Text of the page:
Turn Threads with a Single-Point Tool

Difficulty: 2 Moderate
Time required: 15 minutes to 1 hour
Tools needed:
 - CNC Prototrak lathe
 - Threading tool, internal or external, sized appropriately for your objective


Use the CNC lathe to turn any thread configuration, including fine, coarse, metric, multi-start, and tapered.

This guide is provisional

It should be used as a general note by experienced lathe operators, in conjunction with the manual. Please ask a lathe mentor or staff if it’s the first time you need to turn threads.

This guide is written for external threads.

Step 1 Set Up Tool Table

  • Threading is a CNC operation, and works best if you have set up at least the right-hand turn/face tool, threading tool, and cutoff tool in the tool table.
  • Ask a Lathe Mentor or Staff to help the first time you are setting up a tool table. It’s very easy to get wrong, which leads to damaged parts or machine crashes.
  • Load Tool #1 in the machine and in the DRO. Destructively set the DRO by facing and turning and measuring a piece of stock.
  • Press Setup | Set Tool | New and set tool 6 and 7 using the air gap method, following the onscreen diagrams. X readouts are on the diameter, so double the size of your dowel rod.

Step 2 Turn a Boss to Receive the Thread

  • Part diameter should be equal to the major diameter of the thread. Typically this is smaller than the nominal diameter.
  • Major diameter tolerance bands can be found from charts such as https://www.engineersedge.com/screw_thre…
  • Thread relief is optional with the CNC lathe, but should be provided if you want the nut to thread all the way to the end.
  • The thread tool path must stop .070″ away from any shoulder on the part. This is based on the width of our threading insert.
  • Check clearances carefully if approaching the left side of a shoulder – our threading tool is optimized for right hand approach and needs much more clearance for left hand approach.

Step 3 Program Threading Operation

  • For semi-manual operation, you can use a single-step program to cut a thread.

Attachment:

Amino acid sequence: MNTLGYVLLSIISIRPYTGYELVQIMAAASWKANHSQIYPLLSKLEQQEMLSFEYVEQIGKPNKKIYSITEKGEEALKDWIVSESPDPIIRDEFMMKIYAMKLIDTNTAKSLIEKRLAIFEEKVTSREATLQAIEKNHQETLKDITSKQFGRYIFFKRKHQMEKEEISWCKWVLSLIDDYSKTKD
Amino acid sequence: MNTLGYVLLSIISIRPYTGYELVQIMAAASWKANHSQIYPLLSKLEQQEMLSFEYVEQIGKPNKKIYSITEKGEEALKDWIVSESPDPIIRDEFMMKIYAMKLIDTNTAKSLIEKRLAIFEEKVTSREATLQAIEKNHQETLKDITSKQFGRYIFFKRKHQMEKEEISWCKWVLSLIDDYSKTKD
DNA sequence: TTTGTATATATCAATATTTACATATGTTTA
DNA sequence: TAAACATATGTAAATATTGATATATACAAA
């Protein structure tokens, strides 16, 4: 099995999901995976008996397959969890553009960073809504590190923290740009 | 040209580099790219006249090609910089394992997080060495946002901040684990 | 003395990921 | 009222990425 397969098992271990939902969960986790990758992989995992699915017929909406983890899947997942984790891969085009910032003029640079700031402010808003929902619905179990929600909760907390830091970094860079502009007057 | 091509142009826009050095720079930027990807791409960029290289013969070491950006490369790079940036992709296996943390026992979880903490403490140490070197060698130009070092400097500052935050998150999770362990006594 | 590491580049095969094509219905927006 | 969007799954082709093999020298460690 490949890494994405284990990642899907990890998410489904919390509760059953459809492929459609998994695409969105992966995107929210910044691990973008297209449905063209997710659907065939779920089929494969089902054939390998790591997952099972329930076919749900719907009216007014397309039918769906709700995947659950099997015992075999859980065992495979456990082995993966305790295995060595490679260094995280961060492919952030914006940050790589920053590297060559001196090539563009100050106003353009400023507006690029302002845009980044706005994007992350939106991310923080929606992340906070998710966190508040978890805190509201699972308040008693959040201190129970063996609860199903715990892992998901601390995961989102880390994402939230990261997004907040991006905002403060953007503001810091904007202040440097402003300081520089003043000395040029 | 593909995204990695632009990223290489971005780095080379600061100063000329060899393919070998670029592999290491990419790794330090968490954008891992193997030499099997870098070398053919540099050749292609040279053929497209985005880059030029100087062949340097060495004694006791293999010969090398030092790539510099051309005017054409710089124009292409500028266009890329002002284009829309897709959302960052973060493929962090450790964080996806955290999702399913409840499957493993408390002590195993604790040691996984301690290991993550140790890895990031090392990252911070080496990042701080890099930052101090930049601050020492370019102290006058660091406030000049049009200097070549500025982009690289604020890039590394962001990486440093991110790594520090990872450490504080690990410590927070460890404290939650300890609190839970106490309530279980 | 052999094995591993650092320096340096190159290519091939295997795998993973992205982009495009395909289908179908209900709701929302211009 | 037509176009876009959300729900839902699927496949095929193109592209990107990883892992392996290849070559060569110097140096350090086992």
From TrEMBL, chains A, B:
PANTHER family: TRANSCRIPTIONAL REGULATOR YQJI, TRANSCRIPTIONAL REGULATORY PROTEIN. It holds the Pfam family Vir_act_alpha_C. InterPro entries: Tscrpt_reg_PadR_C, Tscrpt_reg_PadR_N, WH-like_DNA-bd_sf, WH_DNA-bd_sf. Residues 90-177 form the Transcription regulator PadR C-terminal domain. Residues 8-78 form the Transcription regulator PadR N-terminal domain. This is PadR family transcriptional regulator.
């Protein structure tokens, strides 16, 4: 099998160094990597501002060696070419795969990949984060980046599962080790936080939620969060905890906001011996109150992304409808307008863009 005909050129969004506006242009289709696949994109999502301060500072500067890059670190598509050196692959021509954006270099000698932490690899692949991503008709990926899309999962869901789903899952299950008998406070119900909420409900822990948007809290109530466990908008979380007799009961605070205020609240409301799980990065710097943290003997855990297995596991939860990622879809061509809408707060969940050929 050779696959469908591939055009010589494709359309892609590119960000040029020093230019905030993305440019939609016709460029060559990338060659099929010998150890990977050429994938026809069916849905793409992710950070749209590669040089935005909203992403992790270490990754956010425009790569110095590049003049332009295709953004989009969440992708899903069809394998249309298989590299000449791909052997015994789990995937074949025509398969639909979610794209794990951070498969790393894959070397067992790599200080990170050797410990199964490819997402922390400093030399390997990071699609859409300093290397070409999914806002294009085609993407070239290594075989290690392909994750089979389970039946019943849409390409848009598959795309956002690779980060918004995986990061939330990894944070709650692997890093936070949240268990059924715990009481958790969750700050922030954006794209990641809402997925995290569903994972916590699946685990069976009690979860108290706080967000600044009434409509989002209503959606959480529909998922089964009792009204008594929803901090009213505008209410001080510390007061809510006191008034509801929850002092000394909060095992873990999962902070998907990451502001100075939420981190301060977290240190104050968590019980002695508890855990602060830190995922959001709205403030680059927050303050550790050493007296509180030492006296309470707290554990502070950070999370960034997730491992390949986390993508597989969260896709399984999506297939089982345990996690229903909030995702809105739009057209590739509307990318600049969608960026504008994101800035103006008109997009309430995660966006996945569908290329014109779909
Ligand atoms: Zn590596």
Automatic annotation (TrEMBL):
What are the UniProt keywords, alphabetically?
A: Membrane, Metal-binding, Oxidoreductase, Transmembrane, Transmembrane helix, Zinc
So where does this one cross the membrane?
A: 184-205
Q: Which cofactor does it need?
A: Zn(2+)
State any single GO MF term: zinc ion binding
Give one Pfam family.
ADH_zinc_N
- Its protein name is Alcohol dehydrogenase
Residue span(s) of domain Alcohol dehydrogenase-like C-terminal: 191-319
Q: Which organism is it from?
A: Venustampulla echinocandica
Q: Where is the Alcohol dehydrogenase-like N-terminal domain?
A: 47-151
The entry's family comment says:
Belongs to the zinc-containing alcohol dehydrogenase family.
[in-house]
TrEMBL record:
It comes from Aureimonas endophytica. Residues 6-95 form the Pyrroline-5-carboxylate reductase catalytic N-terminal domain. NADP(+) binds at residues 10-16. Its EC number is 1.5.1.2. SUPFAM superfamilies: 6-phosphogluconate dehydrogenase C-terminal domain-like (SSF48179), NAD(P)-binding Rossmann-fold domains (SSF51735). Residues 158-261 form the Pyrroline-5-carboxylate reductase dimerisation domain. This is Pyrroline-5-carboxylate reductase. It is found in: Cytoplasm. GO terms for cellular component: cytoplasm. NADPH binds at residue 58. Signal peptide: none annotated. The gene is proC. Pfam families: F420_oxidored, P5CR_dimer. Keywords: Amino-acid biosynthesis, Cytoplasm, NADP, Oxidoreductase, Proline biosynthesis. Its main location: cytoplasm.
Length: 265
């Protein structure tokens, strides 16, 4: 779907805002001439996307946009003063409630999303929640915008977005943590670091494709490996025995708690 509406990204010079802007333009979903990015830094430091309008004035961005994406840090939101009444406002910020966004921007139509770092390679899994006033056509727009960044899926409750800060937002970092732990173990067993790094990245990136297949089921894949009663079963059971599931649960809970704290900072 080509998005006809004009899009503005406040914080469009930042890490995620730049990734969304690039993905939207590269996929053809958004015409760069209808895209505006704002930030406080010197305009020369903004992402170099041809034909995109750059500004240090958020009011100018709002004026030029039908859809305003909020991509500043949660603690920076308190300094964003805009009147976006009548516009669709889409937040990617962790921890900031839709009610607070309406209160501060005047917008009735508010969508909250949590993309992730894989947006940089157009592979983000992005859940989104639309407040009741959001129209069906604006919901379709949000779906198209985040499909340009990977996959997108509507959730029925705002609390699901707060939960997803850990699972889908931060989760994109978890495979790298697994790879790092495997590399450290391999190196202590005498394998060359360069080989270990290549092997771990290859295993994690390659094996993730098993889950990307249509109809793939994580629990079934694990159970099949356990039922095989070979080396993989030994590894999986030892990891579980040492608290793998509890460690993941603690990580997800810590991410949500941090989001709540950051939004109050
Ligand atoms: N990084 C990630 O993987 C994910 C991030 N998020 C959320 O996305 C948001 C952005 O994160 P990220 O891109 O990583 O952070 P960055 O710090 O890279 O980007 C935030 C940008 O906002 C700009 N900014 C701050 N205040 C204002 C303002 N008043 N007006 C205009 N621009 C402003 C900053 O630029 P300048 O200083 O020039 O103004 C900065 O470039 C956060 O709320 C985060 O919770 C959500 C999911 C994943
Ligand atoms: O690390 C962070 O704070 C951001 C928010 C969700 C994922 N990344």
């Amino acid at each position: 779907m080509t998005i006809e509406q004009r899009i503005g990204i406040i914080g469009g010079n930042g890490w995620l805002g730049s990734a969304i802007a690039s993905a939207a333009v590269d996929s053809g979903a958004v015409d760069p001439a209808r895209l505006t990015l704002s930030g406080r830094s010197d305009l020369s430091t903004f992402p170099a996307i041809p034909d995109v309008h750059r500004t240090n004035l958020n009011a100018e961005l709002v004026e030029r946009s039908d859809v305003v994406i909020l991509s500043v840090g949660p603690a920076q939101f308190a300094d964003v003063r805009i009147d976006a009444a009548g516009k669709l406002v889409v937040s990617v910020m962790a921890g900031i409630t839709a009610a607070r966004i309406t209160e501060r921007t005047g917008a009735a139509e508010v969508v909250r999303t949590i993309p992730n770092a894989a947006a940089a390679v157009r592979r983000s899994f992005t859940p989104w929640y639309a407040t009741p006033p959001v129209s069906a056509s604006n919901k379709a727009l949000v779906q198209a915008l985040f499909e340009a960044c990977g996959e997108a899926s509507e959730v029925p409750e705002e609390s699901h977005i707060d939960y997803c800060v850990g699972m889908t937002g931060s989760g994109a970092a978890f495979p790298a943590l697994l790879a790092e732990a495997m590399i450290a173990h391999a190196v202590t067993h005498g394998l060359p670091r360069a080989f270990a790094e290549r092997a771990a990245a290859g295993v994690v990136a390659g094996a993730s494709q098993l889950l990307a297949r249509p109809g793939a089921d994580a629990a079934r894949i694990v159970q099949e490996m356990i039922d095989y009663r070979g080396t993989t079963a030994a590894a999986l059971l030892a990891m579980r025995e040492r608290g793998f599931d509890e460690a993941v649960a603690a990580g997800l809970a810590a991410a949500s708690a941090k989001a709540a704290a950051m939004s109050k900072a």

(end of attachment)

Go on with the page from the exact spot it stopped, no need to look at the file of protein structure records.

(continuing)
• X Begin and X End should be the nominal diameter of the thread.
  • Z Begin is the more positive end of the thread (for right hand threads)
  • Z End is the more negative end of the thread. At least .070″ away from shoulders.
  • Pitch is the thread pitch in inches or mm. Inch threads are typically specified in threads per inch, which is the reciprocal of pitch
  • Pass Depth .020″ for big threads in soft materials; .010″ for small threads or hard materials
  • Spring passes: 0 or 1 is usually enough. These are extra cuts at the full depth to remove material left behind by part deflection.
  • Plunge angle – accept the default 29.5
  • Side – select inside or outside. This guide is written for outside threads. We have a thread boring bar, but question every setting when using it.
  • # of starts: typically 1
  • RPM: 200 – 700 usually works well. The machine has to coordinate spindle and carriage movement, so it can’t necessarily go full speed.
  • Tool # – the threading tool in the tool table, usually 7

Step 5 Preview

  • View the toolpath using Setup | Tool Path
  • Look for where the threading operation is relative to the origin
  • Note where the home position is relative to the origin and cutting. Make sure the lathe will not attempt to jog into the headstock or tailstock.
  • Setup | Verify
  • Look for a plausible simulation

Step 6 Cautiously Do the First Cut

  • Mode | Run | Start
  • Read, understand, and follow each line of instruction in a Green Box. Do not click through mindlessly.
  • Press Go – machine will move to home position for tool change
  • Install tool 7, threading tool, if not already installed
  • Start Spindle
  • Press Tracking
  • Turn handwheels to approach part
  • Stop and check Distance-to-Go
  • When the machine reaches the threading position, it will take over under CNC control to coordinate threading movements
  • At the end of the thread. press GO twice to continue in CNC run

Step 8 Test Fit, Adjust

  • Use a nut to test the thread fit. If you don’t have a nut, you would need thread gages and thread wires.
  • Do Not Unchuck the part. If you do, you’ll lose registration and no further adjustments will be possible, except perhaps using the ‘thread repair’ routine
  • If the fit is tight – decrease X begin and X end in small increments (.005 or so) and repeat the cut until the fit is good
  • If you need to make multiple parts, you have now now found the best X Begin and X End to use for your thread.

Step 9 Advanced: qualifying thread tool for multiple sizes

  • If you want to set up multiple thread sizes without trial and error for each size, it is possible by precision qualifying the thread tool. It’s usually not worth it.
  • After setting the thread tool in the tool table, set up a threading program that will cut deep enough to leave sharp points at the major diameter. There should be no flats on the outside of the thread form. Measure this OD with calipers / micrometer.
  • Take (XBegin - Measured diameter) / 2 + X Modifier (if any) and enter this as X Modifier for the thread tool in the tool table.
  • Repeat this procedure until the measured diameter is equal to XBegin

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